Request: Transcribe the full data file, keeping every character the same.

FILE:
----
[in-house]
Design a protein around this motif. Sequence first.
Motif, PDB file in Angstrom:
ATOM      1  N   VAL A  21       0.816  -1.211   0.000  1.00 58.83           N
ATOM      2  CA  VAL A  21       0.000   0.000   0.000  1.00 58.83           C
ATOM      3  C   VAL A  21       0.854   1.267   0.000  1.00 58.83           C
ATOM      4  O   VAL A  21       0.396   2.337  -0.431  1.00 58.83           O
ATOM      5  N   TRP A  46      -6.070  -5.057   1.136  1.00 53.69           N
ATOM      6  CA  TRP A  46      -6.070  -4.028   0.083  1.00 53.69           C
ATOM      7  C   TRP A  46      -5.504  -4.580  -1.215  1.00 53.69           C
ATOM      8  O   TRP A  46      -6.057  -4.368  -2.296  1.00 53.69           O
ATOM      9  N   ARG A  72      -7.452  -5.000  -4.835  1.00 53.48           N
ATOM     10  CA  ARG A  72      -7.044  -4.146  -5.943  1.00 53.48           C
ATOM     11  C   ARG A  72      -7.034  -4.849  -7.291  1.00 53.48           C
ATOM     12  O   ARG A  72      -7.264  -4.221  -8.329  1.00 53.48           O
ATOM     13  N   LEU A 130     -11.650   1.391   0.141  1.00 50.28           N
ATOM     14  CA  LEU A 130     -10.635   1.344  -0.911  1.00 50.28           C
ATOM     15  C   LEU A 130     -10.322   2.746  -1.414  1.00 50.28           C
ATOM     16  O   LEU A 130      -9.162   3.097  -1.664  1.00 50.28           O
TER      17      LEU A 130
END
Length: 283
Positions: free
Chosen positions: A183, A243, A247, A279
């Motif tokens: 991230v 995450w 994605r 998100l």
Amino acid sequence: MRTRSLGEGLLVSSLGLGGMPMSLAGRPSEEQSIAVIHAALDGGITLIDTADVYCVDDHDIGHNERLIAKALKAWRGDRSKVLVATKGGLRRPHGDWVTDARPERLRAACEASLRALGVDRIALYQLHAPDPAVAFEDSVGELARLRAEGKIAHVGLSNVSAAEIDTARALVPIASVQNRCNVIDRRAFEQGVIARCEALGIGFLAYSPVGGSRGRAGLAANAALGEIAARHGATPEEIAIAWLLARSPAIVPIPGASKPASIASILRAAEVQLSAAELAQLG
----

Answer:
[in-house]
Design a protein around this motif. Sequence first.
Motif, PDB file in Angstrom:
ATOM      1  N   VAL A  21       0.816  -1.211   0.000  1.00 58.83           N
ATOM      2  CA  VAL A  21       0.000   0.000   0.000  1.00 58.83           C
ATOM      3  C   VAL A  21       0.854   1.267   0.000  1.00 58.83           C
ATOM      4  O   VAL A  21       0.396   2.337  -0.431  1.00 58.83           O
ATOM      5  N   TRP A  46      -6.070  -5.057   1.136  1.00 53.69           N
ATOM      6  CA  TRP A  46      -6.070  -4.028   0.083  1.00 53.69           C
ATOM      7  C   TRP A  46      -5.504  -4.580  -1.215  1.00 53.69           C
ATOM      8  O   TRP A  46      -6.057  -4.368  -2.296  1.00 53.69           O
ATOM      9  N   ARG A  72      -7.452  -5.000  -4.835  1.00 53.48           N
ATOM     10  CA  ARG A  72      -7.044  -4.146  -5.943  1.00 53.48           C
ATOM     11  C   ARG A  72      -7.034  -4.849  -7.291  1.00 53.48           C
ATOM     12  O   ARG A  72      -7.264  -4.221  -8.329  1.00 53.48           O
ATOM     13  N   LEU A 130     -11.650   1.391   0.141  1.00 50.28           N
ATOM     14  CA  LEU A 130     -10.635   1.344  -0.911  1.00 50.28           C
ATOM     15  C   LEU A 130     -10.322   2.746  -1.414  1.00 50.28           C
ATOM     16  O   LEU A 130      -9.162   3.097  -1.664  1.00 50.28           O
TER      17      LEU A 130
END
Length: 283
Positions: free
Chosen positions: A183, A243, A247, A279
């Motif tokens: 991230v 995450w 994605r 998100l």
Amino acid sequence: MRTRSLGEGLLVSSLGLGGMPMSLAGRPSEEQSIAVIHAALDGGITLIDTADVYCVDDHDIGHNERLIAKALKAWRGDRSKVLVATKGGLRRPHGDWVTDARPERLRAACEASLRALGVDRIALYQLHAPDPAVAFEDSVGELARLRAEGKIAHVGLSNVSAAEIDTARALVPIASVQNRCNVIDRRAFEQGVIARCEALGIGFLAYSPVGGSRGRAGLAANAALGEIAARHGATPEEIAIAWLLARSPAIVPIPGASKPASIASILRAAEVQLSAAELAQLG